Emergency Management Agency Train Officers on Hazard Profiling

Sequel to the growing concern and vulnerability of people in communities across the length and breadth of Kaduna state, the State Emergency Management Agency (SEMA), during the week, trained no fewer than 30 Field Officers on Hazard profiling and mapping to mitigate possible disasters in the state, particularly in the hinterland. 

The two-day capacity building exercise – which among other things, dwelled on vulnerability, hazard and disaster – touched on functional and early warning system concept of Disaster Risk Reduction, Emergency Response,  hazard profiling and mapping.

In an interview with Correspondents at the event, SEMA’s Executive Secretary, Alhaji Abubakar Hassan revealed that Kaduna state in its renewed plan to tackle possible disasters is currently working round the clock to arrest emergencies ranging from fire, flooding and the like.

“SEMA is now at different levels of reviewing the contingency plan of the state, so that at end of the day, we would be able to create a document that would allow us understand the different hazards throughout the state and then build the contingency plans around all the early warning signals that this project would address. The Field Officers undergoing the training were meticulously chosen from the 23 Local Government Councils to liaise with the Local Government Emergency Management Committee – the Vice Chairmen of the Local Government Councils. The field officers would after the training be deployed to all 23 Local Government Councils to meet with the vice chairmen to discuss and understand the terms of reference and objectives of the whole exercise”, Hassan revealed.

The Executive Secretary stressed the need for the field officers to work hand in hand with the vice chairmen towards the success of the exercise. “It is important and critical that we get the field officers in to understand and also to relay to the Vice Chairmen that they would be supported by the field officers, who would be on ground in all the local council areas to interact with vice chairmen and the community to ensure that the programme is a resounding success because all logistics including transportation, feeding for the field officers would be provided by the state government”, Hassan disclosed, assuring that adequate preparations have being made to prevent  disasters in the state.

The Executive Secretary blamed the frequent fire disasters in the state on what he calls “attitudinal behaviour of people who are totally ignorant about hazards and early warning signals”, pointing out that such gaps made the steps being taken to mitigate disasters absolutely necessary to prepare for the rainy day.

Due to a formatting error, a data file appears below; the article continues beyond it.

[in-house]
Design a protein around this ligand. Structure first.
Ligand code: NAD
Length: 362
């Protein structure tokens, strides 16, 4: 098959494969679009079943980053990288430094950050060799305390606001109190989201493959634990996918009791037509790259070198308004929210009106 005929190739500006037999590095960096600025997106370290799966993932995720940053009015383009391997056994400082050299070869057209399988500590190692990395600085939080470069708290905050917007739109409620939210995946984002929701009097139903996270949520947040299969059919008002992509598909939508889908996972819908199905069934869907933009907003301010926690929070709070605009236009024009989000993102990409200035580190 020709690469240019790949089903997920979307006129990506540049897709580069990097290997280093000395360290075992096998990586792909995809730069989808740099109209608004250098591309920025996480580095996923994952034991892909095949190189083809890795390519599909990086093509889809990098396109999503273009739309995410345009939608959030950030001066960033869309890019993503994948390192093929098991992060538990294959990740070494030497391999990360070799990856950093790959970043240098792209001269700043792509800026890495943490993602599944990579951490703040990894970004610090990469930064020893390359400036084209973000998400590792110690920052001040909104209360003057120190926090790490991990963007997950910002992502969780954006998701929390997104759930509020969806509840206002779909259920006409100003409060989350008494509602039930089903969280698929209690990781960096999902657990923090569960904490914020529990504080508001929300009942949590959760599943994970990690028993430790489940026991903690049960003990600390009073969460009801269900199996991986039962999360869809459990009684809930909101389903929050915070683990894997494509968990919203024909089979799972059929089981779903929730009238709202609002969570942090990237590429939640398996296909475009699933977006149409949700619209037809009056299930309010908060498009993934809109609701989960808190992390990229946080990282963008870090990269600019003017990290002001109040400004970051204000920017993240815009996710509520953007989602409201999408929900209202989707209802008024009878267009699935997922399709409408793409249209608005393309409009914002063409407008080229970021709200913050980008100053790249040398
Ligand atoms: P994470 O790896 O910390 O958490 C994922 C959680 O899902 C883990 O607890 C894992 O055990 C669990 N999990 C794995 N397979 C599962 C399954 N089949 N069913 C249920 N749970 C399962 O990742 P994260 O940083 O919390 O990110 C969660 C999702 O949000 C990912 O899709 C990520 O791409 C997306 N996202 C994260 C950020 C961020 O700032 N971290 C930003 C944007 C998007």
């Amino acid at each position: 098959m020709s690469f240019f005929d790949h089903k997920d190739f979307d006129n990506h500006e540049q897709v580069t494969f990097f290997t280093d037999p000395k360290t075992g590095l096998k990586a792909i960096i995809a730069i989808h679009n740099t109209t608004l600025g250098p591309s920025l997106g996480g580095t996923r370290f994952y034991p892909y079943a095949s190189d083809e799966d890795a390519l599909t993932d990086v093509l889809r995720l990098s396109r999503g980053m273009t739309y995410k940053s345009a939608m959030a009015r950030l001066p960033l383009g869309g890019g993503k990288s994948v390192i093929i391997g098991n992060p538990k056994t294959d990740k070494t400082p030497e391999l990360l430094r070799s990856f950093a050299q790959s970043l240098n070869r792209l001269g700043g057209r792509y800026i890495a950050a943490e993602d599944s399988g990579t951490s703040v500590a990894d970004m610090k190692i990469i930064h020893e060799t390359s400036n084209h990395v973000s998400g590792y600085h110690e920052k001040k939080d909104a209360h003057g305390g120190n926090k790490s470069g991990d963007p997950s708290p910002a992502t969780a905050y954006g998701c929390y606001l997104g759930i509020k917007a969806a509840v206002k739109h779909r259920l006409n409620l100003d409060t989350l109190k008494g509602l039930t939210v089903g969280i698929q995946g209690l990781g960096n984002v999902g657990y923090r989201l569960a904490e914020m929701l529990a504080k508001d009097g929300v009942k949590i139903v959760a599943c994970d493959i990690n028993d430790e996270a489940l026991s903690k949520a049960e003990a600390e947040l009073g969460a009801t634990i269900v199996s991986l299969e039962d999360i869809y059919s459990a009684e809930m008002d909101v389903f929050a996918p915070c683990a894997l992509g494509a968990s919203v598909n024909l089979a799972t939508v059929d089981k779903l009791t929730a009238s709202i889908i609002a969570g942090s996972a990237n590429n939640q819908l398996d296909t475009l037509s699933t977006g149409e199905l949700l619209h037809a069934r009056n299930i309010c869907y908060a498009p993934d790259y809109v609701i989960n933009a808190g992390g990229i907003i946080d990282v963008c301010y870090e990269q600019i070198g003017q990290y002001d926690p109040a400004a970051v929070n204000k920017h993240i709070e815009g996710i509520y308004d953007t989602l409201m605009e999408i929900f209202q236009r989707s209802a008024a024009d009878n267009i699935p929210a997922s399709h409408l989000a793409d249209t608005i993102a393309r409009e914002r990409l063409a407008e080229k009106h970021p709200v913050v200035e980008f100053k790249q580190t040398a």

“We must get the people sensitized and informed about early warning signals. What we are doing is a bottom-top approach. We want to get to the communities and interact with them directly, let them get to understand what they need to do in case they are confronted by emergency situations. Even before the flood prediction of NIMET, we had been able to assess some of the communities prone to flood and came up with plans on how to bring such emergencies under control. The ultimate goal is to take SEMA to the door steps of the people and we are almost getting there, Hassan enthused.

An Eyesore at one of the disaster-prone sites in the suburbs

On his part, Mr Abbas Danjuma, a participant and member of Coalitions of Associations, Leadership, Peace, Empowerment and Development (CALPED), a Kaduna based civil society organization, told CUBINKS NEWS that,”the existing Contingency Plan of the state which is long overdue for a review did not identify some hazards which have become frequent in recent time, a setback affecting planning for resilience, mitigation and response. The new contingency plan is promising to both the people and the government at local, state and federal levels for proper strategy on disaster management and risk reduction in the state”.

The recently concluded training on hazard  profiling by SEMA which is being supported by United States International Agency for Development’s (USAID) Nigeria Early Recovery Initiative (NERI), deployed trainees  on the second day of the training, to three communities in the suburb of Kaduna metropolis, namely: Rafin Giza, Romi and Ungwan Matari to test run their newly acquired stills and tools in preparation for their primary assignment at the grassroots.

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